Tuesday, April 1, 2008

ServiceHost vs InstanceContext

Well, I might be missing something but from what I can tell using ServiceHost doesn't make very much sense in PeerChannel application. From my experiments if you create a ServiceHost and then create a DuplexChannel, when you invoke a service operation on the channel the message actual appears to arrive twice. Also creating a 'regular' Channel (ChannelFactory instead of DuplexChannelFactory) doesn't push the message to all nodes – it seems like only some of the nodes actually receive the message. There are a few examples out there using a 'regular' Channel – but when I run more that than 3 nodes using that configuration each node just does not get the message.

So – What I do recommend is using InstanceContext housed in a separate thread and DuplexChannels for all sending of data. A quick sample might look like this…

[ServiceBehavior(InstanceContextMode = InstanceContextMode.Single,
ConcurrencyMode = ConcurrencyMode.Reentrant,
UseSynchronizationContext = false)]
public class ServiceImplementation: IPeerServiceContract
{ /* snip */ }

public static class WorkerThread
/* snip variables */
public static void Run()
service = new ServiceImplementation();
host = new InstanceContext(service);

channelFactory = new
channelFactory.Credentials.Peer.MeshPassword = MeshPassword;
channel = channelFactory.CreateChannel();

PeerChannel Performance Improvement

My advisor wanted me to drill down into the following areas to make sure I was doing things correctly since the performance was so bad on my first test runs through. Specifically he wanted me to look into:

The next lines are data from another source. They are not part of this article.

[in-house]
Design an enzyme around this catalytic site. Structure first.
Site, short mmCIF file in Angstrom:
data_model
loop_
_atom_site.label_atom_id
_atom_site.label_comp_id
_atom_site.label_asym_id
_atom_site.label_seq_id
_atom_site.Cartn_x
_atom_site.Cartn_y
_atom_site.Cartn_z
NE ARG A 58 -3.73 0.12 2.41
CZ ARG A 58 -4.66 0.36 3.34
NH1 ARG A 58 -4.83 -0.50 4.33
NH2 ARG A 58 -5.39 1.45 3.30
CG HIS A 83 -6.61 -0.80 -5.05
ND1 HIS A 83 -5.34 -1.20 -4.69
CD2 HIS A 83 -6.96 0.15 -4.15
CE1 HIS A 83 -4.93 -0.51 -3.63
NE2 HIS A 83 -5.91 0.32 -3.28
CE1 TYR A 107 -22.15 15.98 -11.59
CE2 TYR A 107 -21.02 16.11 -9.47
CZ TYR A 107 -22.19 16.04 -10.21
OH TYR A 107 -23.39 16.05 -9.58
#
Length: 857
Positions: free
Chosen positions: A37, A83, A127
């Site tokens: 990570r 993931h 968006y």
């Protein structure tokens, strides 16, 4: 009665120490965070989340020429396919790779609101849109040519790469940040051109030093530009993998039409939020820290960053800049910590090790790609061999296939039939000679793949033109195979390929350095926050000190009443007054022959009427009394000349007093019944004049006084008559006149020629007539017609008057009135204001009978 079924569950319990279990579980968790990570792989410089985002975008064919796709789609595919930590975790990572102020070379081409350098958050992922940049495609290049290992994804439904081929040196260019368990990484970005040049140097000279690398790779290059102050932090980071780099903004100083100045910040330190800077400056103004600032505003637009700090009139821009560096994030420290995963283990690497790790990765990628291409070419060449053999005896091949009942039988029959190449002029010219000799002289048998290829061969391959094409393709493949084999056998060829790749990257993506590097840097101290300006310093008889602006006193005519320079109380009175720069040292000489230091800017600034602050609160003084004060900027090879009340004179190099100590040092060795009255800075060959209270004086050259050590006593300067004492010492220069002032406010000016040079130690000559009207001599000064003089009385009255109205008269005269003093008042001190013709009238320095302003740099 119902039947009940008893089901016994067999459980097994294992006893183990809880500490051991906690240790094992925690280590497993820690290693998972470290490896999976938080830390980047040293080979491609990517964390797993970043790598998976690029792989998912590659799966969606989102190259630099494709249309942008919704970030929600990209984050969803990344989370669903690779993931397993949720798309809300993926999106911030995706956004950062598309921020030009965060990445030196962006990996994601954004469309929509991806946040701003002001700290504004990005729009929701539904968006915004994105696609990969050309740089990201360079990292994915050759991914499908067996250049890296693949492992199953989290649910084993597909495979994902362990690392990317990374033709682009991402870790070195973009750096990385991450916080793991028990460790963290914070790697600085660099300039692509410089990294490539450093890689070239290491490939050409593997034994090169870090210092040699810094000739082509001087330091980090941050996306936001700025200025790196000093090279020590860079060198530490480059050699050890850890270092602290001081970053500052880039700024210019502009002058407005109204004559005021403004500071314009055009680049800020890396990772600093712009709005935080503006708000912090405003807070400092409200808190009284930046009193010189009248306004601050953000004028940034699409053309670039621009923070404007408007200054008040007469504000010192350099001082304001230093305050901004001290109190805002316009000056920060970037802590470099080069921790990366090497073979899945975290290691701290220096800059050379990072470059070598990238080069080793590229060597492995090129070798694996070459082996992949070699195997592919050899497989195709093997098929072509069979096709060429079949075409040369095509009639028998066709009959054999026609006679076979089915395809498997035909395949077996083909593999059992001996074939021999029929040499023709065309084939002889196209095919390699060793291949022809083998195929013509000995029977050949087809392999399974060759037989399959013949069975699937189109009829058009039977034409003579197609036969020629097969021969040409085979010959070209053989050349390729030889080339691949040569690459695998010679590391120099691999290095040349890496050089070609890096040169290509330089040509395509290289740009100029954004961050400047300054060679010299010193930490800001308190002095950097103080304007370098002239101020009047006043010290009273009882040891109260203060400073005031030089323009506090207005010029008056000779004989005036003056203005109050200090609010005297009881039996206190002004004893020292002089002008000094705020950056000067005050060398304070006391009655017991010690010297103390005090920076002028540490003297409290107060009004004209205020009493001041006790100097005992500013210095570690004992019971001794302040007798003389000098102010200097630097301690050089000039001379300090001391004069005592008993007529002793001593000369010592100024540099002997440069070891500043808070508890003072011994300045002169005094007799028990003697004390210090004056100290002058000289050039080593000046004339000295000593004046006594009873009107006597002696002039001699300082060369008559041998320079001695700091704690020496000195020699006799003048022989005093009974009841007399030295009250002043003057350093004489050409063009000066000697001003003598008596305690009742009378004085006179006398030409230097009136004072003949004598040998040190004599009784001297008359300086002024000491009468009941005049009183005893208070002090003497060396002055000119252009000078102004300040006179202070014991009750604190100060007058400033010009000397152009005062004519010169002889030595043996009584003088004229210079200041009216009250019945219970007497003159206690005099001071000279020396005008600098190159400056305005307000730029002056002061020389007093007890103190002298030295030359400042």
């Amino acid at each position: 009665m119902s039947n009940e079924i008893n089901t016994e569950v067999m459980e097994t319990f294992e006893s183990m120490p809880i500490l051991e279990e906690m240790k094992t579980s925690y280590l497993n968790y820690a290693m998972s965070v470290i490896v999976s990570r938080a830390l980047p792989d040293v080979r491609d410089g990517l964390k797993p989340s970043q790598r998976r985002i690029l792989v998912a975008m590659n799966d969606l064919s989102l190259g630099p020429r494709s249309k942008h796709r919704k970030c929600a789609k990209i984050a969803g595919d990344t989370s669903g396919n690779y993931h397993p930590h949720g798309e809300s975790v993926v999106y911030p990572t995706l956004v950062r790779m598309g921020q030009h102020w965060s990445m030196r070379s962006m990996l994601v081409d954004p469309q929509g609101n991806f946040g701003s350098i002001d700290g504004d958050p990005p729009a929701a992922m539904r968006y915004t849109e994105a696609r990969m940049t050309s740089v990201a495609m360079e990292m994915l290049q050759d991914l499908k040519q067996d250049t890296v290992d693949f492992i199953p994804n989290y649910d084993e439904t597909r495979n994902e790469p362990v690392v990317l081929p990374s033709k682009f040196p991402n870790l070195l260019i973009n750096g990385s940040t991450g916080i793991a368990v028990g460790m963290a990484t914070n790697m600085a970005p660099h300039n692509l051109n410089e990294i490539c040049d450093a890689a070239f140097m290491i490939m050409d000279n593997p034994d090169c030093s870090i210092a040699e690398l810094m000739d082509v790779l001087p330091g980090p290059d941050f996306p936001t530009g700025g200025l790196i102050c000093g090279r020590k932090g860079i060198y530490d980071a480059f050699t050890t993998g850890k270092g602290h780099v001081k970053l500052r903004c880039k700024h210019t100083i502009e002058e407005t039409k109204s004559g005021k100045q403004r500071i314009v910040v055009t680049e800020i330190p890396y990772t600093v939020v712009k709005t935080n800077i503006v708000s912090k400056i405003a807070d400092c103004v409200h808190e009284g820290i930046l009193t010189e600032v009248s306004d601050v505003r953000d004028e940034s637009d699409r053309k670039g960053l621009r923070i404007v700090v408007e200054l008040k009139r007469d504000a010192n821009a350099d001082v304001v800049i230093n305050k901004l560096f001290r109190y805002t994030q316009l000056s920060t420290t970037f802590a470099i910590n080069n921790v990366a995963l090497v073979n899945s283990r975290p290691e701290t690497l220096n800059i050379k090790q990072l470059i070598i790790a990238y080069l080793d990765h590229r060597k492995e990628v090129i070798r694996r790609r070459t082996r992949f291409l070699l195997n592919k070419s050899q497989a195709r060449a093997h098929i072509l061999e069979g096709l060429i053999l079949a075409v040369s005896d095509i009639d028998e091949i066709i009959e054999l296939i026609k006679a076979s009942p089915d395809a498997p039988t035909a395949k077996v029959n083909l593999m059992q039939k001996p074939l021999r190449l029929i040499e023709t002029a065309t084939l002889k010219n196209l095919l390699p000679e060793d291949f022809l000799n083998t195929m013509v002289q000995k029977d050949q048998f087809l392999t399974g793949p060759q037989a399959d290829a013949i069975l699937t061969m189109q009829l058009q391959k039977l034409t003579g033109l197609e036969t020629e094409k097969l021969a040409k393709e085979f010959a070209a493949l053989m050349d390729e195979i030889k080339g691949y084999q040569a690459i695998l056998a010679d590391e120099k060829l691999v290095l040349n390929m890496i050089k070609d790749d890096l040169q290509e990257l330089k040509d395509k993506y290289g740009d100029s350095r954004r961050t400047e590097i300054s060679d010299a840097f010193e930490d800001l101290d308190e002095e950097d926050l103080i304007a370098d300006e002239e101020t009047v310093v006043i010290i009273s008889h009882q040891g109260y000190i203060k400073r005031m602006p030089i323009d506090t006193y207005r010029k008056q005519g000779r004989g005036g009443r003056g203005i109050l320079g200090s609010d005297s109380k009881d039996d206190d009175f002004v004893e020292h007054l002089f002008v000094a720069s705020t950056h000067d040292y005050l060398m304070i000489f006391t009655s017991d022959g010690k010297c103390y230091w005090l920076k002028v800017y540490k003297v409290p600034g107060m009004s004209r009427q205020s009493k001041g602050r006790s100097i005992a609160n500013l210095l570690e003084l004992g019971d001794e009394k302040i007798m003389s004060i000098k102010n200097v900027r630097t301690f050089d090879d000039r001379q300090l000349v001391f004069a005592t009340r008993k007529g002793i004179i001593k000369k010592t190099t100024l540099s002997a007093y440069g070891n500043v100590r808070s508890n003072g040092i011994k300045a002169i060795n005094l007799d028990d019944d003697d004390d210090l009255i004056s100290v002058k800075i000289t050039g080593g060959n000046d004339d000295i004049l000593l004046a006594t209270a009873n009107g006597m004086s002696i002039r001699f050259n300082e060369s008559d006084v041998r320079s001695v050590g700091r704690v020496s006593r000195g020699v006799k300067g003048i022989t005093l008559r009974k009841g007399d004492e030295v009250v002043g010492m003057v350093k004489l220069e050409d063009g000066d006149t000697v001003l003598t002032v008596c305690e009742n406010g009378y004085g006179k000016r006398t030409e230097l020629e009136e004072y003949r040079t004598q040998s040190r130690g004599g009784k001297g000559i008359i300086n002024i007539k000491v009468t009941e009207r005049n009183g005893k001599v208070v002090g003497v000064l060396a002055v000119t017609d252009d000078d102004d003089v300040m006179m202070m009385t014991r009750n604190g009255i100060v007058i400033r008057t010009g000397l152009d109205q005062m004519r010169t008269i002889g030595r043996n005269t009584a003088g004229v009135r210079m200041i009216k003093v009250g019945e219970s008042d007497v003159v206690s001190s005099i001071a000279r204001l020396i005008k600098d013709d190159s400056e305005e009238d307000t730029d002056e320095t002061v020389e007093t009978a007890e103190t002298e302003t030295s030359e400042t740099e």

1. Why was I getting "The system hit the limit set for throttle MaxConcurrentCalls"
  2. How does the graph pruning work?

Well, after digging into the protocol spec and hitting Google about a few interesting sections – I've refactor rewritten the pretty much the entire application. And the good news is that my application runs ridiculously better, and so here are some of the tips/hits I figured out (with the help of some great Microsoft folks out there, MVPs and other bloggers)…

Threading Issues
First, the biggest tip off should have been that the WinForm I was using kept locking up and not responding. Having WCF run within the WinForm context is a very bad idea. If your WinForm freezes or locks up, I would start here looking at fixing that first. There are few articles[Here, Here, or Here] that talk about the UseSynchronizationContext and how that should be false to improve performance (as stated in the articles, it doesn't synchronize your callbacks to the UI thread). It seems (to me at least) that if you decorate your actual WinForm with the ServiceBehavior setting the InstanceContextMode, the ConcurrencyMode and UseSynchronizationContext it would still get nonresponsive as I added more nodes to the mesh (testing on a single box currently).